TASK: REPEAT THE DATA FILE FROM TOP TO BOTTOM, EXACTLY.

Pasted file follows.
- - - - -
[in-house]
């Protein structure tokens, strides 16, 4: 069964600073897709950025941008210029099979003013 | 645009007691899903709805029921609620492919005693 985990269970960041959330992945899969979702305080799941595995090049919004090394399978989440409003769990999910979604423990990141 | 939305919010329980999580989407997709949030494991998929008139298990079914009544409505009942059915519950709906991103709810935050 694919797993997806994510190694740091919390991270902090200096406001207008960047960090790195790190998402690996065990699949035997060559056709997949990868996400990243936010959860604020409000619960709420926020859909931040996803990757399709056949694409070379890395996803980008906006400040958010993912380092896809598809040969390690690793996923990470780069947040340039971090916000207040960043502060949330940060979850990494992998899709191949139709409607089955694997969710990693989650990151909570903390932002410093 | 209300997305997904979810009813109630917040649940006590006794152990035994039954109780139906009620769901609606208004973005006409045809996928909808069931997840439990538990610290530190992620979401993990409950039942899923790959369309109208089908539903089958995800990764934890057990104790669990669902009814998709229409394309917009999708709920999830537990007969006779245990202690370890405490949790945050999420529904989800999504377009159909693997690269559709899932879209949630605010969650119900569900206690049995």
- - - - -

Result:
[in-house]
């Protein structure tokens, strides 16, 4: 069964600073897709950025941008210029099979003013 | 645009007691899903709805029921609620492919005693 985990269970960041959330992945899969979702305080799941595995090049919004090394399978989440409003769990999910979604423990990141 | 939305919010329980999580989407997709949030494991998929008139298990079914009544409505009942059915519950709906991103709810935050 694919797993997806994510190694740091919390991270902090200096406001207008960047960090790195790190998402690996065990699949035997060559056709997949990868996400990243936010959860604020409000619960709420926020859909931040996803990757399709056949694409070379890395996803980008906006400040958010993912380092896809598809040969390690690793996923990470780069947040340039971090916000207040960043502060949330940060979850990494992998899709191949139709409607089955694997969710990693989650990151909570903390932002410093 | 209300997305997904979810009813109630917040649940006590006794152990035994039954109780139906009620769901609606208004973005006409045809996928909808069931997840439990538990610290530190992620979401993990409950039942899923790959369309109208089908539903089958995800990764934890057990104790669990669902009814998709229409394309917009999708709920999830537990007969006779245990202690370890405490949790945050999420529904989800999504377009159909693997690269559709899932879209949630605010969650119900569900206690049995």